A few days ago Mark Schaefer published a post on his blog about the „vanity“ of traffic, and why marketers should rather look at other metrics. He told the story of the first time an influencer picked up one of his posts and tweeted about it. It was Guy Kawasaki who has a huge Social Media following and Mark Schaefer got a huge traffic spike.
The problem was that none of this traffic persisted. After a few days, everything was back to normal. Mark even doubts that he got any new subscribers from this traffic spike.
Traffic does not equal success
The problem with this phenomenon is that “traffic” alone does not say much. There are several situations where you can observe behavior like this:
We had one of our articles shared on Stumble Upon. We got tons of traffic from StumbleUpon to this article that day – none of the traffic persisted. As far as I can tell, we did not get any subscribers from this share as well.
But we also had some other shares, which not only brought us a short termed spike in traffic, but this traffic persisted: Jonathan’s article on the need to approach blogging like a business got shared on Flipboard, resulting in a few hundred visits from Flipboard to this article on two days. In this case, the rise in traffic was not over after these two days. The traffic to our blog stayed at a higher level. We also got new email subscribers from this one share. Obviously, from this share, some of the additional audience was very interested in our content and persisted.
Traffic can be everything or nothing
The thing with traffic is that it can be worth a lot, and it can give you nothing. You cannot even generalize which traffic is “good” traffic without also considering what your goals for this traffic really are. Traffic can be well targeted for one purpose while it might be badly targeted traffic for another situation.
For example traffic from Google Search usually brings more earnings with Google AdSense advertising but might not be very good traffic concerning sales.
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Going for traffic, therefore, can be very short sighted. You need to get targeted traffic. In his post mentioned above, Mark kind of puts this slightly abstract concept of “targeted traffic” into other metrics like “time on site,” “returning visitors,” “social shares”, and “conversions.” Which one of these metrics describes “targeted” best for you, depends on what you want to achieve with your efforts.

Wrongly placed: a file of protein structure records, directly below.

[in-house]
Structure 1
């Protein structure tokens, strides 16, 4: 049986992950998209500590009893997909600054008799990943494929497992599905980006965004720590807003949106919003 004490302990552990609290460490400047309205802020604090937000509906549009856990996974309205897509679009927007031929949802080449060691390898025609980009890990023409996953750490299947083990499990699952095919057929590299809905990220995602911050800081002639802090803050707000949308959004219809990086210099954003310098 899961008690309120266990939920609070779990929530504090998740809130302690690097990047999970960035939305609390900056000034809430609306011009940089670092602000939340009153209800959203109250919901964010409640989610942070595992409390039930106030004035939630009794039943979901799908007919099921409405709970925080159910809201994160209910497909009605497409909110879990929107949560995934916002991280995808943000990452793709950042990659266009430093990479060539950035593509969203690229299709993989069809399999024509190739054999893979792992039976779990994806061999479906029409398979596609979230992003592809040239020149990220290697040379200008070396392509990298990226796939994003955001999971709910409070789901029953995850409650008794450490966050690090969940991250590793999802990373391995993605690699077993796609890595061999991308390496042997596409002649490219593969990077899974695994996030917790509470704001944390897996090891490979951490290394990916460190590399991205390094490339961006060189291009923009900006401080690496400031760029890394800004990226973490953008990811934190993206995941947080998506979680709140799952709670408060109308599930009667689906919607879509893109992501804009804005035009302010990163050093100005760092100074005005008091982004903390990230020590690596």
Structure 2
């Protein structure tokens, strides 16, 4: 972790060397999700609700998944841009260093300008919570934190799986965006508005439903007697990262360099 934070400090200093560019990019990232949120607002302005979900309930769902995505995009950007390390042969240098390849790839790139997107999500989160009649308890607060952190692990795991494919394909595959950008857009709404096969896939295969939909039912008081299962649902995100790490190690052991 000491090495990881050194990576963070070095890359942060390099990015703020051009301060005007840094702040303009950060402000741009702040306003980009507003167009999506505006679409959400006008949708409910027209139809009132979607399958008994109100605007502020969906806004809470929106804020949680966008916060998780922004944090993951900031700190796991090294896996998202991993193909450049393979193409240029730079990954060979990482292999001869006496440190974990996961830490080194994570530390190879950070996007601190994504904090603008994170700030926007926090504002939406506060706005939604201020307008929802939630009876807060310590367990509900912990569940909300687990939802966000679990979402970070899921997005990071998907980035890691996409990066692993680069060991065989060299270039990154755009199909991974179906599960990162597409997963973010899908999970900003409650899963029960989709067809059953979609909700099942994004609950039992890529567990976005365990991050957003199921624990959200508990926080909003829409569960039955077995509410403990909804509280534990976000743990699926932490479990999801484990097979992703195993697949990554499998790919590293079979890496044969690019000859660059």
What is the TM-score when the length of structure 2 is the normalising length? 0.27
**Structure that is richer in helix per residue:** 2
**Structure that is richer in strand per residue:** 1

Mark is totally right. Traffic alone is only good for bragging; you can run a high traffic blog and not make any money with it if your traffic is off target. Someone else might have only a fraction of the traffic you have, but get a lot more out of it, because he gets his targeting right.
“Borrowed” traffic will never be the best-targeted traffic
There is a lot of advice floating around how to get influencers to share your content. That might be an idea for getting initial attention. But you always need to take into account how well the influencers’ audience is targeted for your own purposes. The better the audience you “borrow“ matches what you are looking for as an audience, the better the results will be. If the influencer’s audience is totally off target for your own content, you might not even get traffic out of a share.
You can be lucky with a borrowed audience. But in the end, another person’s audience will never be so well targeted and so “usable” as an audience you build and target for you own purposes and that you can nurture over time.
This is the reason it is so important to build your own targeted audience and to follow instead of constantly relying on other people’s (borrowed) audience which is very likely to be not very well targeted at your own purpose.
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